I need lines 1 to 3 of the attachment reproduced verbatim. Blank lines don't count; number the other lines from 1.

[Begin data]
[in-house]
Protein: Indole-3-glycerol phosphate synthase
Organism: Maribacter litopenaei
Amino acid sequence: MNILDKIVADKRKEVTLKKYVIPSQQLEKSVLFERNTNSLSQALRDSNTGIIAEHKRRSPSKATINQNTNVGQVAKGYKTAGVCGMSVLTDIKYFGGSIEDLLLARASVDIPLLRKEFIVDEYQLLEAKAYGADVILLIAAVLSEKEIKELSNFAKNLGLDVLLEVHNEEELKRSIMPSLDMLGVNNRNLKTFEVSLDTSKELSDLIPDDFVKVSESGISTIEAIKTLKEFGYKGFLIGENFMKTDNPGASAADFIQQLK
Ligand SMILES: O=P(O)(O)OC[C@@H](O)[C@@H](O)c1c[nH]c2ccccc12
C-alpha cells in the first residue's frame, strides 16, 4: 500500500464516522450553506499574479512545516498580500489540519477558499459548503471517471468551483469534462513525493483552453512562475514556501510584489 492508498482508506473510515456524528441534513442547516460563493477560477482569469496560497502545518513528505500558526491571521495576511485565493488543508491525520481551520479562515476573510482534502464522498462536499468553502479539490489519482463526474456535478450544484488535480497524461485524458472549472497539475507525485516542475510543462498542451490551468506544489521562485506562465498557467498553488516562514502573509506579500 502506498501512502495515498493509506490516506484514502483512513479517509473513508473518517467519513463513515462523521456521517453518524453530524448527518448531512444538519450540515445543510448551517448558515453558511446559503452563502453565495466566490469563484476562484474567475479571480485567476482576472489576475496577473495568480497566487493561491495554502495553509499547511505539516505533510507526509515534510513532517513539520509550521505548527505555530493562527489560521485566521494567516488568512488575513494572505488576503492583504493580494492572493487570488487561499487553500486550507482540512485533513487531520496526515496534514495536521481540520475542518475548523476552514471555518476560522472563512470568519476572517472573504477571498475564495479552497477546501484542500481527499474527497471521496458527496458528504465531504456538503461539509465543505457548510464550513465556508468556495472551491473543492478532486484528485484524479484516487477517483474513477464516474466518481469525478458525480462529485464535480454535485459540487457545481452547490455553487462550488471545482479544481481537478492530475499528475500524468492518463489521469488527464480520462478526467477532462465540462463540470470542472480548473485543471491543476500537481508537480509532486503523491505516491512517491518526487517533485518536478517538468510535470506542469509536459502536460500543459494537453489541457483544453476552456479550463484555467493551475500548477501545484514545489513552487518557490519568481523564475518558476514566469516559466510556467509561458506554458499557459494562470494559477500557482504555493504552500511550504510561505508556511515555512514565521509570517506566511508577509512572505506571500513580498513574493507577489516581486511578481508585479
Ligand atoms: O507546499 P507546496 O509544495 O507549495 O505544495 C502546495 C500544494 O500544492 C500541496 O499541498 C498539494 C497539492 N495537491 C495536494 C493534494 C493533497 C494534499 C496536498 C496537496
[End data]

[in-house]
Protein: Indole-3-glycerol phosphate synthase
Organism: Maribacter litopenaei